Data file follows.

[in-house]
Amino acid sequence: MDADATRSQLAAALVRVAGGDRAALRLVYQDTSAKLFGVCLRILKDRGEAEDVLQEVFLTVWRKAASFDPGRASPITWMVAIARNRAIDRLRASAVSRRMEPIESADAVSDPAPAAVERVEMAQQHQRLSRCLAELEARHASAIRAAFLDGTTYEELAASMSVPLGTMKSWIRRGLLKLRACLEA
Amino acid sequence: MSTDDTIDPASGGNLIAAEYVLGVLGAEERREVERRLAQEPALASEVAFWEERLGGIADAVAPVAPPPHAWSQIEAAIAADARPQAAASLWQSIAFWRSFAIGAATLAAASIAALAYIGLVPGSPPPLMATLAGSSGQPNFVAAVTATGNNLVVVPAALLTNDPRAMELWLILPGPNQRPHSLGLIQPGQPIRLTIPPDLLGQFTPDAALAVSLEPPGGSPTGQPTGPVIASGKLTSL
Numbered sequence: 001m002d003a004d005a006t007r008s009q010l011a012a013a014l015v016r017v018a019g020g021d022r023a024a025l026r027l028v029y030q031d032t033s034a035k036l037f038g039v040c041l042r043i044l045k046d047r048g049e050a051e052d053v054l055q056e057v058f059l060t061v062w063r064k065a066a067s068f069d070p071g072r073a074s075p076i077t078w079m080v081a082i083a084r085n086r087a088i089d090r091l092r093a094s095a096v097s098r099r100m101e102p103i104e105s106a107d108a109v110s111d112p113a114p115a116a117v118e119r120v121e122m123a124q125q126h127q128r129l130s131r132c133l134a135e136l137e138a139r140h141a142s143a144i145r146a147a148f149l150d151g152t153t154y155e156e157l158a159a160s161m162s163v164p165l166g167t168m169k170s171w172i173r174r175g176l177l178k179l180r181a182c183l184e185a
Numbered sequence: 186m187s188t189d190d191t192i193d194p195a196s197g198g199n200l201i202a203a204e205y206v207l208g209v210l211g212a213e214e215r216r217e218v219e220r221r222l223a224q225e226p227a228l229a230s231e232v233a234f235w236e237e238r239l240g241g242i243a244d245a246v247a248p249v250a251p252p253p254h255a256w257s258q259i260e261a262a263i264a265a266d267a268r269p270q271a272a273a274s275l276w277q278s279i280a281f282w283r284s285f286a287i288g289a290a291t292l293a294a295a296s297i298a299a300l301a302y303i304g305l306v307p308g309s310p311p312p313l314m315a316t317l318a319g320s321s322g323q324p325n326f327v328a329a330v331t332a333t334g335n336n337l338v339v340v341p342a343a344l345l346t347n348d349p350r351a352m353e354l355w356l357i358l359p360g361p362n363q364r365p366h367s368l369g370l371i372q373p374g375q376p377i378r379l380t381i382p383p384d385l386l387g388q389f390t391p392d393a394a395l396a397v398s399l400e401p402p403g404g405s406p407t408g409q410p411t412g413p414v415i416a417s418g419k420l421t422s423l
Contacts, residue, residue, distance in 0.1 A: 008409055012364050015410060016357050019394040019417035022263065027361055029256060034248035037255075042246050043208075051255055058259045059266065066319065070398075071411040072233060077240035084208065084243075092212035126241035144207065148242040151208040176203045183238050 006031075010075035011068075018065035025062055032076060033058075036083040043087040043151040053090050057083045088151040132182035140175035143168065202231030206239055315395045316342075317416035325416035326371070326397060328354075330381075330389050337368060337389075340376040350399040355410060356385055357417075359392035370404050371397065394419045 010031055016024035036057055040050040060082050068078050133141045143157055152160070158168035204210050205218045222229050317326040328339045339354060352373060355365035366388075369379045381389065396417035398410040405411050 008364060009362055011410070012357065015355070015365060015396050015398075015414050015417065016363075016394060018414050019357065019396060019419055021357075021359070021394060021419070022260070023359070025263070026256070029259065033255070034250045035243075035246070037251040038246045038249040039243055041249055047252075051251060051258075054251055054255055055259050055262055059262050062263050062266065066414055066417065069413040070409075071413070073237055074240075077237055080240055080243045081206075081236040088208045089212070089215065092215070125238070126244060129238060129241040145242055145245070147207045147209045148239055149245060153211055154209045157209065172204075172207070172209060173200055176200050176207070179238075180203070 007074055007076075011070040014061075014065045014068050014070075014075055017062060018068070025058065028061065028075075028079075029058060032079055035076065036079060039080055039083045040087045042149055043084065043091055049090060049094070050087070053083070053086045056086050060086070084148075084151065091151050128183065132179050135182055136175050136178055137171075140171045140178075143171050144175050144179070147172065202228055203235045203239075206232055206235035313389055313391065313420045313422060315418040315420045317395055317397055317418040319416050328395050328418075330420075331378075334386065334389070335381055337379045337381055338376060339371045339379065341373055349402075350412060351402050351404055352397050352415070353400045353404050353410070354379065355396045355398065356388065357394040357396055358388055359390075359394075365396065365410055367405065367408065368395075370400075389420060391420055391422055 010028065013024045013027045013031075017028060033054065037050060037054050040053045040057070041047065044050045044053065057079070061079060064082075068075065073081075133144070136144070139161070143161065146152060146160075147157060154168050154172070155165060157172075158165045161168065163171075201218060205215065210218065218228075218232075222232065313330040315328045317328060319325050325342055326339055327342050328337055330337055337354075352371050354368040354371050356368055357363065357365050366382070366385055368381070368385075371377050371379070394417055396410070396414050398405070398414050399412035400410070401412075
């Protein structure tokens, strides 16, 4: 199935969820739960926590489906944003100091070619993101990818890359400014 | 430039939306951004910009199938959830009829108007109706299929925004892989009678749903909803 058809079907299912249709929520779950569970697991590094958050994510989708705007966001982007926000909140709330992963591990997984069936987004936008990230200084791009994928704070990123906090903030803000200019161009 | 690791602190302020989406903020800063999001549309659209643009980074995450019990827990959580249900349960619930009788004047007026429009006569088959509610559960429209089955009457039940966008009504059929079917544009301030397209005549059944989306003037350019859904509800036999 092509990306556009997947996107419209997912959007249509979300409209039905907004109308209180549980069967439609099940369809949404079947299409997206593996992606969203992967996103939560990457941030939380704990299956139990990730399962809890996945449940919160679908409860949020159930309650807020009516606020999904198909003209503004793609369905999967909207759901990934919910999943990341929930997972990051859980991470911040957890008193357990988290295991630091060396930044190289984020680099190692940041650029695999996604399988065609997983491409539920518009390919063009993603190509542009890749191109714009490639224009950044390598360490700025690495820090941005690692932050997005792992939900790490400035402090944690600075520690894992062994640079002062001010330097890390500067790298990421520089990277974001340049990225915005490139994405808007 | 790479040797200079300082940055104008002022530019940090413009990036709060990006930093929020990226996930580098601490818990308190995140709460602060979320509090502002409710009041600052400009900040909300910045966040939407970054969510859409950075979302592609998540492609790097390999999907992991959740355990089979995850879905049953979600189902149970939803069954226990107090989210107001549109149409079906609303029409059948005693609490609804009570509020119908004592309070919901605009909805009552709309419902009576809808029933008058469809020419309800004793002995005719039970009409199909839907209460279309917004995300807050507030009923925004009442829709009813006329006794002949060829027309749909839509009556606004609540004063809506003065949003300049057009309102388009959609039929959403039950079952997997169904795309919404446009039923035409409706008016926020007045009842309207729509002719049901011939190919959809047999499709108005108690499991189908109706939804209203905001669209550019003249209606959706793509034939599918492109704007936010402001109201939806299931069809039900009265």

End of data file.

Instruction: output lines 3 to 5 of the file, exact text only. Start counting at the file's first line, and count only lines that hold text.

Amino acid sequence: MSTDDTIDPASGGNLIAAEYVLGVLGAEERREVERRLAQEPALASEVAFWEERLGGIADAVAPVAPPPHAWSQIEAAIAADARPQAAASLWQSIAFWRSFAIGAATLAAASIAALAYIGLVPGSPPPLMATLAGSSGQPNFVAAVTATGNNLVVVPAALLTNDPRAMELWLILPGPNQRPHSLGLIQPGQPIRLTIPPDLLGQFTPDAALAVSLEPPGGSPTGQPTGPVIASGKLTSL
Numbered sequence: 001m002d003a004d005a006t007r008s009q010l011a012a013a014l015v016r017v018a019g020g021d022r023a024a025l026r027l028v029y030q031d032t033s034a035k036l037f038g039v040c041l042r043i044l045k046d047r048g049e050a051e052d053v054l055q056e057v058f059l060t061v062w063r064k065a066a067s068f069d070p071g072r073a074s075p076i077t078w079m080v081a082i083a084r085n086r087a088i089d090r091l092r093a094s095a096v097s098r099r100m101e102p103i104e105s106a107d108a109v110s111d112p113a114p115a116a117v118e119r120v121e122m123a124q125q126h127q128r129l130s131r132c133l134a135e136l137e138a139r140h141a142s143a144i145r146a147a148f149l150d151g152t153t154y155e156e157l158a159a160s161m162s163v164p165l166g167t168m169k170s171w172i173r174r175g176l177l178k179l180r181a182c183l184e185a
Numbered sequence: 186m187s188t189d190d191t192i193d194p195a196s197g198g199n200l201i202a203a204e205y206v207l208g209v210l211g212a213e214e215r216r217e218v219e220r221r222l223a224q225e226p227a228l229a230s231e232v233a234f235w236e237e238r239l240g241g242i243a244d245a246v247a248p249v250a251p252p253p254h255a256w257s258q259i260e261a262a263i264a265a266d267a268r269p270q271a272a273a274s275l276w277q278s279i280a281f282w283r284s285f286a287i288g289a290a291t292l293a294a295a296s297i298a299a300l301a302y303i304g305l306v307p308g309s310p311p312p313l314m315a316t317l318a319g320s321s322g323q324p325n326f327v328a329a330v331t332a333t334g335n336n337l338v339v340v341p342a343a344l345l346t347n348d349p350r351a352m353e354l355w356l357i358l359p360g361p362n363q364r365p366h367s368l369g370l371i372q373p374g375q376p377i378r379l380t381i382p383p384d385l386l387g388q389f390t391p392d393a394a395l396a397v398s399l400e401p402p403g404g405s406p407t408g409q410p411t412g413p414v415i416a417s418g419k420l421t422s423l